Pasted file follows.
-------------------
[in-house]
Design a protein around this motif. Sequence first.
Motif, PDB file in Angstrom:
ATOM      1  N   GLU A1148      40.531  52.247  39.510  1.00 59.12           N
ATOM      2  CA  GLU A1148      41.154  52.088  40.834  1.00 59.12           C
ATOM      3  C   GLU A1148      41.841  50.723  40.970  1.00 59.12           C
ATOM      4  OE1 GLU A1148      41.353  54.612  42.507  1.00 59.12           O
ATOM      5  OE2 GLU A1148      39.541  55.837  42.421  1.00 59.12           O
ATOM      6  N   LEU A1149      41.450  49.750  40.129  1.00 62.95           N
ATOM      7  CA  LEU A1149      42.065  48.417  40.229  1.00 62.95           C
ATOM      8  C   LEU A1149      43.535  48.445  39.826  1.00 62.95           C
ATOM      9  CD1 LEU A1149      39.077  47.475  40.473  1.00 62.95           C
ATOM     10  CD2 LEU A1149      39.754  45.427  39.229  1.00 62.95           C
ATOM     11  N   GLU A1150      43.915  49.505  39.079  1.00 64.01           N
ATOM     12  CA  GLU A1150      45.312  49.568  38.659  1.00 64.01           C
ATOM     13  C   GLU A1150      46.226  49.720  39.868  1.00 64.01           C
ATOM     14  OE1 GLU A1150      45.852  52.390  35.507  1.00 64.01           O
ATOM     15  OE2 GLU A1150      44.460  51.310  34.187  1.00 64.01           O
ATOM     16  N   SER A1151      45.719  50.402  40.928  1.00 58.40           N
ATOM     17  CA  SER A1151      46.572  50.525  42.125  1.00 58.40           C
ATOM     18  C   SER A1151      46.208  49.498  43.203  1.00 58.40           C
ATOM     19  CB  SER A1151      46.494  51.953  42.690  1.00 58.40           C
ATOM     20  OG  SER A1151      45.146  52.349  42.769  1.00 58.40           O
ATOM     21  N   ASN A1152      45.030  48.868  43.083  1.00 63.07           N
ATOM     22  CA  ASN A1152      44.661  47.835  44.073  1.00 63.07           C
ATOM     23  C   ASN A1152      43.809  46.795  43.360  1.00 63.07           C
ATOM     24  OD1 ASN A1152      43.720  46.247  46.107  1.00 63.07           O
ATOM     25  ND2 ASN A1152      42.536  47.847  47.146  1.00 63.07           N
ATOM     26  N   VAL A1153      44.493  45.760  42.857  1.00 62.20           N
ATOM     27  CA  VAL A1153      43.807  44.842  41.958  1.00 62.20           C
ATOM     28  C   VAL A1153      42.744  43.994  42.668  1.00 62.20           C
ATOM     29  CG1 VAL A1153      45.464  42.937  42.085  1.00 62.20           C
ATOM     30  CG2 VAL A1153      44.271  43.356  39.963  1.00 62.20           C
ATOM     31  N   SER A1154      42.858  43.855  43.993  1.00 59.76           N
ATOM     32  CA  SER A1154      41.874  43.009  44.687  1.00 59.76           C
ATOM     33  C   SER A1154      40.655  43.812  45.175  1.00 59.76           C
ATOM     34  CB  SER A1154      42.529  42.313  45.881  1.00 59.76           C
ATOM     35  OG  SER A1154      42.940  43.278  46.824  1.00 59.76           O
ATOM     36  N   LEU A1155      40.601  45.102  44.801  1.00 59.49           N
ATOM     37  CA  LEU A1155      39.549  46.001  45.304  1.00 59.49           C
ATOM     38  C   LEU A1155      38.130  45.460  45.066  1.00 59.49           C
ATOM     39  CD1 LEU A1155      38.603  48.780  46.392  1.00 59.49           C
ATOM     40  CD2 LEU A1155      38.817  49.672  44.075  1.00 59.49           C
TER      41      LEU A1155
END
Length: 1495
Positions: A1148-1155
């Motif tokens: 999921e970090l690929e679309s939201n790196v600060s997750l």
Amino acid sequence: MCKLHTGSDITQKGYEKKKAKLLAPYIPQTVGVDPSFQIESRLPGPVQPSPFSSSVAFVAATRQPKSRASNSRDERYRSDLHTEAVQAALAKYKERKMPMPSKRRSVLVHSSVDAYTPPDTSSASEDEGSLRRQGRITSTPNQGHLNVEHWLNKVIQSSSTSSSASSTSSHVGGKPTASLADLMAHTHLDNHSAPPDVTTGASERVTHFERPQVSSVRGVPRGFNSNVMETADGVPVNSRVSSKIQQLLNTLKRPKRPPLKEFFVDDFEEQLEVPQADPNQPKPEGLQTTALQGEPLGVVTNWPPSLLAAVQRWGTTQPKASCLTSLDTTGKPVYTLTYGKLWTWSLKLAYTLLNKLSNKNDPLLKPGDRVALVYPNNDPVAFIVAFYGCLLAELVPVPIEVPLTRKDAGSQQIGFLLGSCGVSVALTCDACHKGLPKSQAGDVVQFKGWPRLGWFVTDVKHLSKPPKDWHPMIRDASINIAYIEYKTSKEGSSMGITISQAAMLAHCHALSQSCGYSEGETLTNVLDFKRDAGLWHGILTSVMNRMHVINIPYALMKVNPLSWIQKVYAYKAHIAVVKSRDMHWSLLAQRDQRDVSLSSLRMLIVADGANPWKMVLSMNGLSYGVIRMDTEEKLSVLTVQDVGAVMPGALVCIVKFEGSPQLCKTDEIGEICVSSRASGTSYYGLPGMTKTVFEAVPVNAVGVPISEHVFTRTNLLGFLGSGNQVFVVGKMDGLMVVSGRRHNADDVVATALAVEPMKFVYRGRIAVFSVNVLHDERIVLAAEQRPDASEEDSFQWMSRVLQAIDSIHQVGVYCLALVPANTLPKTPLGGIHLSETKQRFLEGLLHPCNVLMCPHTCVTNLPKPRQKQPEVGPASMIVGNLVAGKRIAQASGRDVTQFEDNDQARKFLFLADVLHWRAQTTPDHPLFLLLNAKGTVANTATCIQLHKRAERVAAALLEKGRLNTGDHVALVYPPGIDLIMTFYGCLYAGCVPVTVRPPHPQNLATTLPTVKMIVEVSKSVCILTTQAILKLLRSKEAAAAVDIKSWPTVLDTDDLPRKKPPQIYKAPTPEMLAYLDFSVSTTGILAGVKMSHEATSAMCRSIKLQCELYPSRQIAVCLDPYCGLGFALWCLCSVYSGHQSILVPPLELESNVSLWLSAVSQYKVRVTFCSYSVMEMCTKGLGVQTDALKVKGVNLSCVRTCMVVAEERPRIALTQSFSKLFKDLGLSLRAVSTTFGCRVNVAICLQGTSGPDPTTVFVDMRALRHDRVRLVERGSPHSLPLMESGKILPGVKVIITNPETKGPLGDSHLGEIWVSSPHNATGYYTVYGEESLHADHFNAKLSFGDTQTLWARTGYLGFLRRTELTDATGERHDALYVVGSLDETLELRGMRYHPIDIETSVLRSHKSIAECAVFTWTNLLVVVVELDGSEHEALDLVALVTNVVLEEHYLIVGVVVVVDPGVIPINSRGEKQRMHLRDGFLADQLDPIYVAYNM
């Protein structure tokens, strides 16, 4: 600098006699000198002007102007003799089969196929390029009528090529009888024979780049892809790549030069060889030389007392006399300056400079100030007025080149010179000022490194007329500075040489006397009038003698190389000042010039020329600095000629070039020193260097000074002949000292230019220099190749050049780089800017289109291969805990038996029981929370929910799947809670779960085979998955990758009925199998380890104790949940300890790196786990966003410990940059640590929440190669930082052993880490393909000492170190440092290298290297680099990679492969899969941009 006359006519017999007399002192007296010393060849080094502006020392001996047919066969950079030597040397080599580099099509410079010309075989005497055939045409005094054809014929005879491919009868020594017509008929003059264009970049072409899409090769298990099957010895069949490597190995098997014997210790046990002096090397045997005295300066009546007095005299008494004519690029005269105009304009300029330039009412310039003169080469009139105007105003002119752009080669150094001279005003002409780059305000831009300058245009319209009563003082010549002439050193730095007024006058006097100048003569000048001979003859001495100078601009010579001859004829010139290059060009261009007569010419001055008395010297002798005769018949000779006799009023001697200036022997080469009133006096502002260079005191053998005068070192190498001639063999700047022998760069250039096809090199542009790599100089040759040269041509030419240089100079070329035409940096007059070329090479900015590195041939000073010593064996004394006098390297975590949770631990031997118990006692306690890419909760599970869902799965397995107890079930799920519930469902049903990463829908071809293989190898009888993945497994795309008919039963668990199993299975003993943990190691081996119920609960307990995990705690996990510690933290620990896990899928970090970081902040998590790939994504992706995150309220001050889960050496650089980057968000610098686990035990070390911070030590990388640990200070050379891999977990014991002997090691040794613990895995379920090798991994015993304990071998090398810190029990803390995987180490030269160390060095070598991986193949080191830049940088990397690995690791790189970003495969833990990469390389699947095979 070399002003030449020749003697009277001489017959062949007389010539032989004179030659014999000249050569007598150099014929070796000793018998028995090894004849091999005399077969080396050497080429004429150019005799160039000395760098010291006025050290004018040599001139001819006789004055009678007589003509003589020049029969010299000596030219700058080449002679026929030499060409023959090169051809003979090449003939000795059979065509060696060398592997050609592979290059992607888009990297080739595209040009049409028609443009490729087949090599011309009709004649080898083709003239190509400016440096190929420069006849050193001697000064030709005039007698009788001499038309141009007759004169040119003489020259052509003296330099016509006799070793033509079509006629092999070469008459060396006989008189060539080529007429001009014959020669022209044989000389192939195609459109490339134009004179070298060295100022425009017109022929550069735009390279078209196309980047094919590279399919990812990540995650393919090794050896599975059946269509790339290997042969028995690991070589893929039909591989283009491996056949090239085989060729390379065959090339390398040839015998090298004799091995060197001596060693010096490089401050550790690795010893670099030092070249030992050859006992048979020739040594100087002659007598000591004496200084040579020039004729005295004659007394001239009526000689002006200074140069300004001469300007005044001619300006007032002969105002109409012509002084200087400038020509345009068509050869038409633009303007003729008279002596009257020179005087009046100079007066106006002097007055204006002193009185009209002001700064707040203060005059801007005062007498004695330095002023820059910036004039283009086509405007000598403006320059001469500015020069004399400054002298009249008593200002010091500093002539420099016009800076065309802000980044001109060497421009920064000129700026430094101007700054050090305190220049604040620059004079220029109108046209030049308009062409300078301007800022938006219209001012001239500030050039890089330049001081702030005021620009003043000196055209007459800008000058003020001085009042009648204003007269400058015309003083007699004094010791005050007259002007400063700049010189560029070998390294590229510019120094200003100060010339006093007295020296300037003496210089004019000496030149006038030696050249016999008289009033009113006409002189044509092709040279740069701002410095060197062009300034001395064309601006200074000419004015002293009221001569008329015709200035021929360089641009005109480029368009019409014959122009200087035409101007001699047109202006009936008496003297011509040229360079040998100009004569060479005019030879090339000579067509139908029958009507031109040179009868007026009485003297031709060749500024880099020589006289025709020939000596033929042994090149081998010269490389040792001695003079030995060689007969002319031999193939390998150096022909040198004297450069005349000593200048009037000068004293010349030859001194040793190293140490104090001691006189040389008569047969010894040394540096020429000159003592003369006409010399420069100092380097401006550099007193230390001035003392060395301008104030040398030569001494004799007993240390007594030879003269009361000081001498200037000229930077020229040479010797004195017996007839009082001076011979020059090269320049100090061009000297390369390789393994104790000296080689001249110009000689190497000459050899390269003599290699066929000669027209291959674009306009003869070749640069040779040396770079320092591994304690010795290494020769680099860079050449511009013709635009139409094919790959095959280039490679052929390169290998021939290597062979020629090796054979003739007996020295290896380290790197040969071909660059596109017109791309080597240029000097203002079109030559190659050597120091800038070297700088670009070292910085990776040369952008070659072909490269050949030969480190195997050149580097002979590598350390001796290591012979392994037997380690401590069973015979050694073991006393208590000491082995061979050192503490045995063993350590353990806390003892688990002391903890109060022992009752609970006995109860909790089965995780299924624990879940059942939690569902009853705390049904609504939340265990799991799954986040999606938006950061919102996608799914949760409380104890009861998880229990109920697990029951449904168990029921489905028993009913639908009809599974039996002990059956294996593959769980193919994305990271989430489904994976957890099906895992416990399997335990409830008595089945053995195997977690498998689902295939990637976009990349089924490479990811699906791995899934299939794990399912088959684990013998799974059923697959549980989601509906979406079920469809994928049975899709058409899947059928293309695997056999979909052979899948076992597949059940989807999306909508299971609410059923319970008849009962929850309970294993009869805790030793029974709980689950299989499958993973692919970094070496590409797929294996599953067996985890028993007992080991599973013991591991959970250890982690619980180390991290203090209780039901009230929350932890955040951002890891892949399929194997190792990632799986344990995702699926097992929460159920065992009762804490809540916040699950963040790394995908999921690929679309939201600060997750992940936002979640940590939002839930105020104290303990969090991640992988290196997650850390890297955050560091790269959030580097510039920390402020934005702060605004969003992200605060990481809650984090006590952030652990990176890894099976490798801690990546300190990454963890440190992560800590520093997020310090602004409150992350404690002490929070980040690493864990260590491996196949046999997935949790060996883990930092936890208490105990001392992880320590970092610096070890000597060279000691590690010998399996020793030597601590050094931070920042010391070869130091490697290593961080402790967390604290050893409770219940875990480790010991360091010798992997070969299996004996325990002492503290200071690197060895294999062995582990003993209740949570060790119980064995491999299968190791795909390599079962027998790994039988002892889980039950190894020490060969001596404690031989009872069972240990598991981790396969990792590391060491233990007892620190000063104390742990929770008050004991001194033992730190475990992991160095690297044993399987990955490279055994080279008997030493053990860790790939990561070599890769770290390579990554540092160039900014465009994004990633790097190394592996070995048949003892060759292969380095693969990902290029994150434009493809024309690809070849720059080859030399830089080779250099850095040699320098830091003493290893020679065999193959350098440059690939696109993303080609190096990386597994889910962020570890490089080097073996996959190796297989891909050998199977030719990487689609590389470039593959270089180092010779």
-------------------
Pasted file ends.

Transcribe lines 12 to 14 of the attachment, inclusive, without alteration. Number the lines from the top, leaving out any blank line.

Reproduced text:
ATOM      9  CD1 LEU A1149      39.077  47.475  40.473  1.00 62.95           C
ATOM     10  CD2 LEU A1149      39.754  45.427  39.229  1.00 62.95           C
ATOM     11  N   GLU A1150      43.915  49.505  39.079  1.00 64.01           N